By Jon Hammond
Land of Four Seasons 

Uninvited guests and a lucky guess

Mountain Tales: First-hand stories of life in Tehachapi

 

December 4, 2021

Jon Hammond

I had gone to see an early movie in Lancaster with my friend Manney Cowan one summer Saturday, and we were driving back home to Tehachapi on the back road -- 90th Street West. We passed a large ranch with a lot of cars parked around it, and some white balloons and paper bells out by the road that were the unmistakable signs of a wedding at a private estate. "It's still early," (it was about 8:30 p.m.) Manney said, "I think we should pay our respects to the bride and groom." This despite the fact that we didn't have clue as to the identity of the newlyweds. "We're gonna stick out like a bikini in church," I objected, looking at our unimpressive street/work clothes. "Oh, we ought to be able to get away with a quick appearance," Manney replied reassuringly, as we parked among the hay bales and pickup trucks. "Okay, if anyone asks us who were are, we say we just drove down from Visalia, and we're looking for the Ulrich wedding," I said with some misgivings.


We locked up the truck and headed around to the back of the house. We spotted the beer keg and made a beeline for it, as a number of the wedding guests openly stared at us. Women started to talk among themselves as we helped ourselves to the ubiquitous red plastic keg cups and attempted to fill them as fast as we could, the beer trickling out of the tap at a maddeningly slow pace. "They're going to all over us in minute, everybody else here knows each other," Manney said under his breath, looking around subtly in sideways glances as we could feel more eyes upon us. Sure enough, I barely got the cup raised to my lips for the first sip of cold beer when 8 or 10 large guys in cowboy hats surrounded the two Tehachapi idiots clustered around the beer keg. Manney was built like an oak tree stump and enjoyed the occasional brawl, and we weren't helpless, but we were vastly outnumbered. And trespassing.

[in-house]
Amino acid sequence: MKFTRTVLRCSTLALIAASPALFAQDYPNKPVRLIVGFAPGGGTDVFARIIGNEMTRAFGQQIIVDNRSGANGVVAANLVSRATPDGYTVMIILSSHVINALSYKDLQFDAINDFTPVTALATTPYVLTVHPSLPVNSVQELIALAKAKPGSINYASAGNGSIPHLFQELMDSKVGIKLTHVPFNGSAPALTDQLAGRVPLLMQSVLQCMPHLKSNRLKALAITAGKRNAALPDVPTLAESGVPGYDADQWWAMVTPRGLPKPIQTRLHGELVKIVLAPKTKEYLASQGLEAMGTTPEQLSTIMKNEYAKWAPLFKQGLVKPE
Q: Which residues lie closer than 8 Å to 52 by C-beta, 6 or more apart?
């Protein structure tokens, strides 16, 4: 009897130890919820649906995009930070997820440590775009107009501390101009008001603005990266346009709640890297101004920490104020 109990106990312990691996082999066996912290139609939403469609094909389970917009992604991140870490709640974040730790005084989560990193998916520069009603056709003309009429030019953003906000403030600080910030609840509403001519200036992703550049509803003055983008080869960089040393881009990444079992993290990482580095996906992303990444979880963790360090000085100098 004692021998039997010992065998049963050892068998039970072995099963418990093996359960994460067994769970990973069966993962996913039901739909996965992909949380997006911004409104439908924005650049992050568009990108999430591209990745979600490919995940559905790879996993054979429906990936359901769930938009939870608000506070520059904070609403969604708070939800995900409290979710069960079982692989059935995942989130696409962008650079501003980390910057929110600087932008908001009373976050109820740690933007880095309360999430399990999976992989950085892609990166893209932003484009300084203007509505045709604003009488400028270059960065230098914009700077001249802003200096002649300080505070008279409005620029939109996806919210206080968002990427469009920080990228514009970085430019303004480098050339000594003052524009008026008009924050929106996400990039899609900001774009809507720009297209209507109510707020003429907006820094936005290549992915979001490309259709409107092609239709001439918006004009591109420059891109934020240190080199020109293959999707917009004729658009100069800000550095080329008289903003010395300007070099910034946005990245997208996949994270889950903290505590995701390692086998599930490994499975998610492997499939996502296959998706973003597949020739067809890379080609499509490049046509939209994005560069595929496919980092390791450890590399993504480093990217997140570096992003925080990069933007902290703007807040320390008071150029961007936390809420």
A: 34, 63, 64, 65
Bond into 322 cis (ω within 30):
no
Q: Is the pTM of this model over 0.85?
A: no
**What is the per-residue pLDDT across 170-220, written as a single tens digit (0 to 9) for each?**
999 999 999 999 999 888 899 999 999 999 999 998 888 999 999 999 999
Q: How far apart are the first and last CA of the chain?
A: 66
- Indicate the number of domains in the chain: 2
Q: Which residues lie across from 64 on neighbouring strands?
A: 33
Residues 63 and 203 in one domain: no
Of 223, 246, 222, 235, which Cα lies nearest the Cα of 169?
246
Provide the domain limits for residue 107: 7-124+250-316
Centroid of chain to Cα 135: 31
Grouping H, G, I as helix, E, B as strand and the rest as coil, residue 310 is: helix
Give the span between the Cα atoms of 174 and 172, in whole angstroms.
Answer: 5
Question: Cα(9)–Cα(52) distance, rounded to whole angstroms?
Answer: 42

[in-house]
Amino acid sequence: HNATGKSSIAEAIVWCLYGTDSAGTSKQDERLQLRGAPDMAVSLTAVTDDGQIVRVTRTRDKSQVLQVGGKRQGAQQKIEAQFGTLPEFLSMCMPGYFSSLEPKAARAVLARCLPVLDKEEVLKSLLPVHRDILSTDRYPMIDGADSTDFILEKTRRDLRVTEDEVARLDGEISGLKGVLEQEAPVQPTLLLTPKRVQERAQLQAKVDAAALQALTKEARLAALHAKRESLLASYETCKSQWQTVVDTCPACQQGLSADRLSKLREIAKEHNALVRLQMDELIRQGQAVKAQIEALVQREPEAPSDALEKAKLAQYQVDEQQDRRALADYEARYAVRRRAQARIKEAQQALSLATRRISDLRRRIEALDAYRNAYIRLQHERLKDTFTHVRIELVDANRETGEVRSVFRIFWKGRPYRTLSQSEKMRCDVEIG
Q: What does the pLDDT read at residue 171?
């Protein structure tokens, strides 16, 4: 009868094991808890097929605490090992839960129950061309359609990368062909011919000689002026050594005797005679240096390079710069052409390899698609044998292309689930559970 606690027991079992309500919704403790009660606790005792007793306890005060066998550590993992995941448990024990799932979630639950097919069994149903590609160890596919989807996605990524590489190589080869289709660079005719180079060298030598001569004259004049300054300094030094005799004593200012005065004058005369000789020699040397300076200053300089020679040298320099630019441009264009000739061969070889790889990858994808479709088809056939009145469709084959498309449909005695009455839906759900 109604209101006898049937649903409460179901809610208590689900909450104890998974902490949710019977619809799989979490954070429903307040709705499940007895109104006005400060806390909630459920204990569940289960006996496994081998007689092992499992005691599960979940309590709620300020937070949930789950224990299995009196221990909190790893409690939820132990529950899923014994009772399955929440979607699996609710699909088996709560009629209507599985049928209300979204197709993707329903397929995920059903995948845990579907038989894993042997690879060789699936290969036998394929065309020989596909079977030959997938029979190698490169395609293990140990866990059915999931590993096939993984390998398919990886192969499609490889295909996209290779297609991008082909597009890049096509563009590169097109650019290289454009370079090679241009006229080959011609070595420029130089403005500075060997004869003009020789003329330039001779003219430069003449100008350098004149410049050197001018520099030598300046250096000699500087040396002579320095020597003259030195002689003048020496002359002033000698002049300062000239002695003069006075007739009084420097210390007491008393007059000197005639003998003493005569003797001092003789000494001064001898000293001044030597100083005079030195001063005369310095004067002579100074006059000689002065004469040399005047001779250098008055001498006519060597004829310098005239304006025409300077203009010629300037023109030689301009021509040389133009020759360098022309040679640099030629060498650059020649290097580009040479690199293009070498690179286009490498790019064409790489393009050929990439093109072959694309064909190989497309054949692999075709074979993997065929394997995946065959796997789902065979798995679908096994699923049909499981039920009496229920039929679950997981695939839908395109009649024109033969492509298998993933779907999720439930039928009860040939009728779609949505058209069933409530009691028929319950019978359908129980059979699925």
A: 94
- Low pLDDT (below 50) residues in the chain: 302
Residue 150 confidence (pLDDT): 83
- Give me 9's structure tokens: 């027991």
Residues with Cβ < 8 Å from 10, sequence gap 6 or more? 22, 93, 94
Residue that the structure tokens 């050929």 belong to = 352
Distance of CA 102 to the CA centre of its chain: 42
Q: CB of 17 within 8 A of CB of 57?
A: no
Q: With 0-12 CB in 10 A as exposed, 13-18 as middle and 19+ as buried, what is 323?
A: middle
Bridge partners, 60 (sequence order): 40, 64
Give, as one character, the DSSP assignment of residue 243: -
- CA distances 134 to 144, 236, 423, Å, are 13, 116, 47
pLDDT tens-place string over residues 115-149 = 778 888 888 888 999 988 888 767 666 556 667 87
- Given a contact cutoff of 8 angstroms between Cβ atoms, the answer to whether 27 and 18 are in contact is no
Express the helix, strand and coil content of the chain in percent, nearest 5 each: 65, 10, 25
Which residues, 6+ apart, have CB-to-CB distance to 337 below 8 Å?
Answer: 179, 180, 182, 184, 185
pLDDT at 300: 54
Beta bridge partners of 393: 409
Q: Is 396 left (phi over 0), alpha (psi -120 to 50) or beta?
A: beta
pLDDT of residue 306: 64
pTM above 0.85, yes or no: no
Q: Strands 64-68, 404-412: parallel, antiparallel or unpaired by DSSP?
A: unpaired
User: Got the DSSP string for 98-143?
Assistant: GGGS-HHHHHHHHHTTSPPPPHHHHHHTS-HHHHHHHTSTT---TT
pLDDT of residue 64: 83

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"Who are you guys?" asked the barrel-chested, big-headed guy in a white straw cowboy hat. He didn't say it with a trace of friendliness in his voice. "I'm Chris and this is my friend Steve, we're from Visalia," I said with more cheerfulness than I felt at that moment.

"We just drove down for the wedding after work," Manney added earnestly as they regarded us silently, skeptically. "We came down for the Ulrich wedding, but we had a hard time finding you guys," I continued. "The Ulrichs?" said one cowboy, "This isn't the Ulrich wedding," he said bluntly.


Then the smallest, least-threatening guy spoke up, and said "Wait! I went to school with some of the Ulrichs -- they live over on 60th Street West." "This isn't 60th Street?" I said with a shocked expression, "Oh, no. . ." I added dejectedly. Like magic, the atmosphere lightened.

"No, you need to be farther east," someone said encouragingly. "Yeah, they had a big family, coupla girls and one boy," continued the slender, slightly drunk-sounding guy who said he went to school with the Ulrichs. "Ah, hell, we're sorry," said Manney with conviction, "We've never been to Kern County before. Let's go," he said to me, setting down his beer cup.

"You're actually in L.A. County now," said someone else helpfully. I started to set my cup down too. "Oh no, you guys go ahead and finish," our newly-genial hosts insisted, "Don't worry about it, drink up" and they drifted away as fast as they had appeared, relaxed and easygoing now.

We finished our beers -- my one and the three that Manney had managed to surreptitiously pour for himself -- and got back in the truck in the summer moonlight and drove back to Tehachapi, glad that we had been able to "pay our respects," as Manney had said. "The Ulrichs. . ." Manney chuckled as he looked out the window and shook his head, "That was lucky."

– Jon Hammond

Jon Hammond

Manney Cowan.

Jon Hammond is a fourth generation Kern County resident who has photographed and written about the Tehachapi Mountains for 38 years. He lives on a farm his family started in 1921, and is a speaker of Nuwä, the Tehachapi Indian language. He can be reached at tehachapimtnlover@gmail.com.

 
 

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